This project builds upon the prior work by creating problem-solving measures for grades 3-5. The elementary assessments will be connected to the middle-grades assessments and will be available for use by school districts, researchers, and other education professionals seeking to effectively measure children's problem solving. The aims of the project are to (a) create three new mathematical problem-solving assessments and gather validity evidence for their use, (b) link the problem-solving measures (PSMs) with prior problem-solving measures (i.e., PSM6, PSM7, and PSM8), and (c) develop a meaningful reporting system for the PSMs.
The Common Core State Standards for Mathematics (CCSSM) problem-solving measures assess students’ problem-solving performance within the context of CCSSM math content and practices. This project expands the scope of the problem-solving measures use and score interpretation. The project work advances mathematical problem-solving assessments into computer adaptive testing. Computer adaptive testing allows for more precise and efficient targeting of student ability compared to static tests.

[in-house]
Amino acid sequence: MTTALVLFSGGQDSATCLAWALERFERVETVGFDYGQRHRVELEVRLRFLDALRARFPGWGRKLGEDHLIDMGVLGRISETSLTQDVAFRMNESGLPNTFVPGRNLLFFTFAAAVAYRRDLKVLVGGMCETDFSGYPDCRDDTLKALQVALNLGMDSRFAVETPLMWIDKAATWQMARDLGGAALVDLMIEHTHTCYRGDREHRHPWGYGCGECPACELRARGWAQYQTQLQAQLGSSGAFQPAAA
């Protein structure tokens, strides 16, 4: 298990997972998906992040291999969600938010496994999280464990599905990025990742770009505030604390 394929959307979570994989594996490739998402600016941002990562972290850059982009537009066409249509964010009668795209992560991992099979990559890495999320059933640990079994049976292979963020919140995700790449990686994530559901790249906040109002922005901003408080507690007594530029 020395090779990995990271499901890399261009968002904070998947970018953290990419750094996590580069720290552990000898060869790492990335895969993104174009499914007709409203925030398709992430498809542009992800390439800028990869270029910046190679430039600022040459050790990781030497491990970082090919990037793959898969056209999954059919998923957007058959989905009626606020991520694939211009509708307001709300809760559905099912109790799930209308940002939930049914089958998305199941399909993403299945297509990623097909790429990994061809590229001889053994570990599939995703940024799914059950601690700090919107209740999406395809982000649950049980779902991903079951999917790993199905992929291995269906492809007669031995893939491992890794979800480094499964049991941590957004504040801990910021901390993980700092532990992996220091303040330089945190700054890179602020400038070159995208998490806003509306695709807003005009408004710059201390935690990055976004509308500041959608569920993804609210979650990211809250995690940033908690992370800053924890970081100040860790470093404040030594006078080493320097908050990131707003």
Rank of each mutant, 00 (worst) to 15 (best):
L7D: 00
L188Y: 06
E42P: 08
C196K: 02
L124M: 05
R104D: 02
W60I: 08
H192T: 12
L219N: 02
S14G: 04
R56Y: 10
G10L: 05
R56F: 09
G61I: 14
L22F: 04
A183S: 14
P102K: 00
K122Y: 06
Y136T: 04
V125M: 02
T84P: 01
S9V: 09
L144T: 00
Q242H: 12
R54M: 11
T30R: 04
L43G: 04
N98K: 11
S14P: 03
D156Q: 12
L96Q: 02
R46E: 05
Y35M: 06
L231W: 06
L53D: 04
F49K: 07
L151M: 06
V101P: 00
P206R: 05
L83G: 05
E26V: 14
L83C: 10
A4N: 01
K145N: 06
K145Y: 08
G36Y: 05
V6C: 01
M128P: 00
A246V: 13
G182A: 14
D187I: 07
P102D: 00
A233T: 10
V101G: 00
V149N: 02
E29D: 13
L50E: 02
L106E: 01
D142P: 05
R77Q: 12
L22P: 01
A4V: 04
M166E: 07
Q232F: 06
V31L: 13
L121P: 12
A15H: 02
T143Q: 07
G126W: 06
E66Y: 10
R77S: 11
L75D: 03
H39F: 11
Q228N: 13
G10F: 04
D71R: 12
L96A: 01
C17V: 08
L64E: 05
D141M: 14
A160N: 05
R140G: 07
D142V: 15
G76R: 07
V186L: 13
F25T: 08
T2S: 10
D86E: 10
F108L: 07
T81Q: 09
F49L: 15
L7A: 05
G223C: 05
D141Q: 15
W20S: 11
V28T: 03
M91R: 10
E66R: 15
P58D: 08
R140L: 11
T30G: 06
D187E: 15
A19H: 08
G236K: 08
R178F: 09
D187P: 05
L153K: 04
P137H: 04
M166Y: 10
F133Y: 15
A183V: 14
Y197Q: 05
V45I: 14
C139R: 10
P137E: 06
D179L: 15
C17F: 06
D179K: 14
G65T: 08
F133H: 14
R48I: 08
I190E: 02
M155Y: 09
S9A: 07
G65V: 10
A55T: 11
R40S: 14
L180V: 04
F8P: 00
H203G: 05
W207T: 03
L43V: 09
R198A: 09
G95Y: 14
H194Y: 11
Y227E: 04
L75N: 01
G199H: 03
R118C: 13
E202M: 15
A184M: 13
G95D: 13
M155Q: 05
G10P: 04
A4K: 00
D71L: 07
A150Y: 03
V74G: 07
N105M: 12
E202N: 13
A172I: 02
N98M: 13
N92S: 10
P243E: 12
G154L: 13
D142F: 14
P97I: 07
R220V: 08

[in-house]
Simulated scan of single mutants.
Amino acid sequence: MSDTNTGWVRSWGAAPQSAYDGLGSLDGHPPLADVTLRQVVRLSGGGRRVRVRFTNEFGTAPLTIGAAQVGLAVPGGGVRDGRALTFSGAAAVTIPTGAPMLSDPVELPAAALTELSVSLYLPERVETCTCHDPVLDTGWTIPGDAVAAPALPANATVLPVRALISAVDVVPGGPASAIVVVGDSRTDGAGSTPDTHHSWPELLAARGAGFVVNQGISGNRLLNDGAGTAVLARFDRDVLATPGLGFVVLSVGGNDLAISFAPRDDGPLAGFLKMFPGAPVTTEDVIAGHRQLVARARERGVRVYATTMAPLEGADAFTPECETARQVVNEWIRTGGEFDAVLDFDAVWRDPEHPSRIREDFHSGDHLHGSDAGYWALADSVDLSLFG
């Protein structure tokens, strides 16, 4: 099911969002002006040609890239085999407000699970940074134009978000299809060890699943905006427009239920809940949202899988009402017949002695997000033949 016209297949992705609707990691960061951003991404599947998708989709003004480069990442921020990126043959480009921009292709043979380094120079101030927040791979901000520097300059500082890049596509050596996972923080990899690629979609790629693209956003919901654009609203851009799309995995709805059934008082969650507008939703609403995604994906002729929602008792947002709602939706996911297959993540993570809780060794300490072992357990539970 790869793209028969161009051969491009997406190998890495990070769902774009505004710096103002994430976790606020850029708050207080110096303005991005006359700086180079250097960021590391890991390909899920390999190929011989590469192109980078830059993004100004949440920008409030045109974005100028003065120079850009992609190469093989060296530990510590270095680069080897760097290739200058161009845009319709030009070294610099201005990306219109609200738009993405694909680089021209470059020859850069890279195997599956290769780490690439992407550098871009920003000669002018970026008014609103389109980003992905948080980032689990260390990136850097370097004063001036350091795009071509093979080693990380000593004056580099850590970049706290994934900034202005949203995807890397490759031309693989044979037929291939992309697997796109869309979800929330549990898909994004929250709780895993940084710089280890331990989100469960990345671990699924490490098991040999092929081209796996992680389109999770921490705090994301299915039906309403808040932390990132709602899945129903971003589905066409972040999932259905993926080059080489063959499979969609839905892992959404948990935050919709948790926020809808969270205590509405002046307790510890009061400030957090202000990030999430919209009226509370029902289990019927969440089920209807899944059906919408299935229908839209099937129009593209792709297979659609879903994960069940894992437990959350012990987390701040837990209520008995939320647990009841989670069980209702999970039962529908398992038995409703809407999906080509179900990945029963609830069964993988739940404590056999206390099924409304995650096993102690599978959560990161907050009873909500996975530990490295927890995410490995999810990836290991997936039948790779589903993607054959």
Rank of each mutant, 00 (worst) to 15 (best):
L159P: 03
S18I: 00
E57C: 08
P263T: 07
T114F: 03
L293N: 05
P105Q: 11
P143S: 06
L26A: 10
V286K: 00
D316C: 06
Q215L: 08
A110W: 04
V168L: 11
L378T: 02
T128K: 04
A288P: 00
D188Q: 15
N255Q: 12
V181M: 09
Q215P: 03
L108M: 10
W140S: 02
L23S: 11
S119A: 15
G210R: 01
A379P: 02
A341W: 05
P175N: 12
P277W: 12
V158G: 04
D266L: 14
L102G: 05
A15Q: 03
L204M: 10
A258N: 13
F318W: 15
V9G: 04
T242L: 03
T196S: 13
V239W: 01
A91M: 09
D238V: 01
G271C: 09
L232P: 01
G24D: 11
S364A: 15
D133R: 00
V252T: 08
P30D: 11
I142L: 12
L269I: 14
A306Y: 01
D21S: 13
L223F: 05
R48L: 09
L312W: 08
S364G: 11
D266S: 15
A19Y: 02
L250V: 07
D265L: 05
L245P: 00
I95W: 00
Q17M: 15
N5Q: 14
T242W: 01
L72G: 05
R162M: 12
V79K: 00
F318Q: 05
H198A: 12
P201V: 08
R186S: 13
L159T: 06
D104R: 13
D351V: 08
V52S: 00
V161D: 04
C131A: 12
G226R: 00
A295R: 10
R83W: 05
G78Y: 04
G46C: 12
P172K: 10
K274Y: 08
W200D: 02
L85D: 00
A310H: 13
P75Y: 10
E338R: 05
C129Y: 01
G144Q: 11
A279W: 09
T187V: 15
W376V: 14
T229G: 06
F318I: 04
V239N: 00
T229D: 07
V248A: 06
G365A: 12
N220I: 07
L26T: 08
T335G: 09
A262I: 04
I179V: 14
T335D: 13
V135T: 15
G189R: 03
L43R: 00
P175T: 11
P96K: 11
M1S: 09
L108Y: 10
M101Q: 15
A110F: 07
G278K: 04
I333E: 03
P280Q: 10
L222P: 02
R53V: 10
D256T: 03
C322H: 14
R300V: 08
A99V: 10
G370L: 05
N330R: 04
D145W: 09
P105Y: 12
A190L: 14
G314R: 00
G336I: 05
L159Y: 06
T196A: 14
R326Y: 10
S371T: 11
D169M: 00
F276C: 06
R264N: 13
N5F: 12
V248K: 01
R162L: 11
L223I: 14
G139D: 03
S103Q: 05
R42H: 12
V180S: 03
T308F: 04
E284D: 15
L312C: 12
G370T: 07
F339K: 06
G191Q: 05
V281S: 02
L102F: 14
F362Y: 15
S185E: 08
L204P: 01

Teachers of mathematics engage in curricular reasoning as they design and interact with their students, choose curricular materials, and implement curriculum standards in the service of high-quality instruction. Currently, there is no shared measure of curricular reasoning of middle school teacher classroom decision making in mathematics. In this research project, the team develops and validates two measures of middle school teachers’ curricular reasoning in mathematics as practiced. The first measure looks at curriculum reasoning from the perspective of the teacher, the second measure attends to the perspectives of the mathematics education research community.